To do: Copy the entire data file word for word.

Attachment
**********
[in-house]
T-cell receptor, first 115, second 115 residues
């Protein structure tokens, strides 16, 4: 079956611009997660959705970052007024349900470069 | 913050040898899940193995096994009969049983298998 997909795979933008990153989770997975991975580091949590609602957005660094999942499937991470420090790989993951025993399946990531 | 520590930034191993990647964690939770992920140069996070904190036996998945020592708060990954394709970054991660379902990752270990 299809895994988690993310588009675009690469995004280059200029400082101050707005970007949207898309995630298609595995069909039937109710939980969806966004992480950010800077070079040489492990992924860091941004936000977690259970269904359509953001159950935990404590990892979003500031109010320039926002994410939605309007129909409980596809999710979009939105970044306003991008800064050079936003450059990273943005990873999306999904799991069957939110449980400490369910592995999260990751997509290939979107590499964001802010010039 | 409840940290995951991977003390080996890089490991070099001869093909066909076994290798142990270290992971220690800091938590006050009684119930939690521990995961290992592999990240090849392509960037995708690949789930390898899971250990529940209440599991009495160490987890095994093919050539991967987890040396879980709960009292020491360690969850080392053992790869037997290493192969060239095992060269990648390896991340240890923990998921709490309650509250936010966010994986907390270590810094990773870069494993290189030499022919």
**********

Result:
[in-house]
T-cell receptor, first 115, second 115 residues
């Protein structure tokens, strides 16, 4: 079956611009997660959705970052007024349900470069 | 913050040898899940193995096994009969049983298998 997909795979933008990153989770997975991975580091949590609602957005660094999942499937991470420090790989993951025993399946990531 | 520590930034191993990647964690939770992920140069996070904190036996998945020592708060990954394709970054991660379902990752270990 299809895994988690993310588009675009690469995004280059200029400082101050707005970007949207898309995630298609595995069909039937109710939980969806966004992480950010800077070079040489492990992924860091941004936000977690259970269904359509953001159950935990404590990892979003500031109010320039926002994410939605309007129909409980596809999710979009939105970044306003991008800064050079936003450059990273943005990873999306999904799991069957939110449980400490369910592995999260990751997509290939979107590499964001802010010039 | 409840940290995951991977003390080996890089490991070099001869093909066909076994290798142990270290992971220690800091938590006050009684119930939690521990995961290992592999990240090849392509960037995708690949789930390898899971250990529940209440599991009495160490987890095994093919050539991967987890040396879980709960009292020491360690969850080392053992790869037997290493192969060239095992060269990648390896991340240890923990998921709490309650509250936010966010994986907390270590810094990773870069494993290189030499022919």